What We Learned from the Pandemic

Fixing the gap between student-teacher connection and instructional technology.

GUEST COLUMN | by Daniel Green

Not long ago, if you asked the average person what they thought about remote or hybrid learning, they wouldn’t have had a strong opinion.

That’s no longer the case. By March 25, 2020 all U.S. public schools had closed. Schools in all but two states remained remote through the end of the school year. Going into 2020-21, while some schools began to figure out how to safely offer in-person and hybrid learning, many stayed remote to start the year, including 74 of the top 100 districts. As schools nationwide navigated remote and hybrid learning for the first time, it required them to invest significantly in training and planning as well as in software and devices.

‘Over the past two years, we saw our education community rise to the challenge, as they showed up on their students’ screens every day with innovation, adaptation, passion and grit.’

Change at this scale is hard. While many districts were already exploring remote and hybrid options pre-pandemic, progress that was planned over the course of a few years was suddenly compressed into a few months. Over the past two years, we saw our education community rise to the challenge, as they showed up on their students’ screens every day with innovation, adaptation, passion and grit.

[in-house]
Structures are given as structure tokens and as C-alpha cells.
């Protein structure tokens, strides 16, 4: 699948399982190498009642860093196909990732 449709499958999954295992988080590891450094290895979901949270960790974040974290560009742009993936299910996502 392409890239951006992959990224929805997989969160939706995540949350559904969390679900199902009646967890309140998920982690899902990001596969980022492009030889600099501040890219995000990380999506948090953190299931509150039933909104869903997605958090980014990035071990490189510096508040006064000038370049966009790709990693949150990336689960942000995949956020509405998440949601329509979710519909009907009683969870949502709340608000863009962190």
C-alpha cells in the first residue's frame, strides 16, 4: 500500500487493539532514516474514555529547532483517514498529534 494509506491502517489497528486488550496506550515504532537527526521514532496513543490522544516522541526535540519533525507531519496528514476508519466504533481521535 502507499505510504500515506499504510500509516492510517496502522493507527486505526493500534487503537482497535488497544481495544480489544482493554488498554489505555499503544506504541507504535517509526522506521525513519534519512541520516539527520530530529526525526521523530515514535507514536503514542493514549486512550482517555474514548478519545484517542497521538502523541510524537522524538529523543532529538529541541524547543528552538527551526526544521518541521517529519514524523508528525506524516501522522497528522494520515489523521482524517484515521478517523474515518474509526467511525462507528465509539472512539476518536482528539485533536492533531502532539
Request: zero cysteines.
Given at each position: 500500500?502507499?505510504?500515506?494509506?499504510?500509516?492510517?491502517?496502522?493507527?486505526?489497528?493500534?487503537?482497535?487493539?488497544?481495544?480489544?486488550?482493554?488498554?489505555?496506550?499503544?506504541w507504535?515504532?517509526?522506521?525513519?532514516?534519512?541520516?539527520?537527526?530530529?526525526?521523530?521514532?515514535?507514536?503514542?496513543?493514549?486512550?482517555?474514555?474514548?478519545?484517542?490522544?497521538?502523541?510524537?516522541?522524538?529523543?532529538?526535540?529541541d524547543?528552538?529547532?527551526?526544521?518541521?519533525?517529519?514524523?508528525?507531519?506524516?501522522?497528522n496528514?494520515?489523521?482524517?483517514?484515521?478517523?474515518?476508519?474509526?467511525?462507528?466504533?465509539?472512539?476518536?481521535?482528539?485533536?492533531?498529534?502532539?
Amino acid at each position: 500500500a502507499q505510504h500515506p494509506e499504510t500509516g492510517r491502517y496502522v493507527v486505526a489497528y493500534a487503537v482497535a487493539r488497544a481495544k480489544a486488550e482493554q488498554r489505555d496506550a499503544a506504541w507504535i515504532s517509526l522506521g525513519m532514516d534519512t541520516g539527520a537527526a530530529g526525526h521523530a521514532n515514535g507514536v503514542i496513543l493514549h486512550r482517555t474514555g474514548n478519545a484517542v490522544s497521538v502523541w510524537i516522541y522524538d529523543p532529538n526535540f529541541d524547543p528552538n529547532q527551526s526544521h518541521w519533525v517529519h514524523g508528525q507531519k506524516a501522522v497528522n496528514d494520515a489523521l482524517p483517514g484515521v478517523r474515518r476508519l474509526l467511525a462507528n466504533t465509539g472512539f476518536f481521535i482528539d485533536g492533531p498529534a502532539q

The Connections Between Us

Reflecting back, it’s clear that each learning modality provides a unique set of advantages and challenges, but in every case, success relies on a connection between the teacher, the student and the curriculum. While this connection is at the heart of many tools, the last year exposed several areas where more innovation is needed.

In remote learning, connecting teachers and students became more difficult. Aside from the social and emotional implications, teaching itself became more challenging and time-consuming. In addition to digitizing lessons, many teachers had to learn new tools and how to combine them to replicate proven instructional strategies, while figuring out how to keep kids engaged from behind a screen.

Additionally, time that was once spent on instruction in physical settings was now spent setting up technology or making sure students transitioned successfully from lesson to lesson. From lesson join codes and multiple open tabs, to assignments spread across LMS platforms, students needed to jump through hoops to simply attend class or complete an assignment.

Finally, and perhaps most importantly, modulating instruction was hard. Long-standing techniques for getting student feedback, like asking for a show of hands or walking over to a student’s desk, weren’t the same. No tool or technology will ever replace or match the effectiveness of a teacher’s nuance in delivery, personalized approach, and ability to know each student’s needs.

Reaching Students More Meaningfully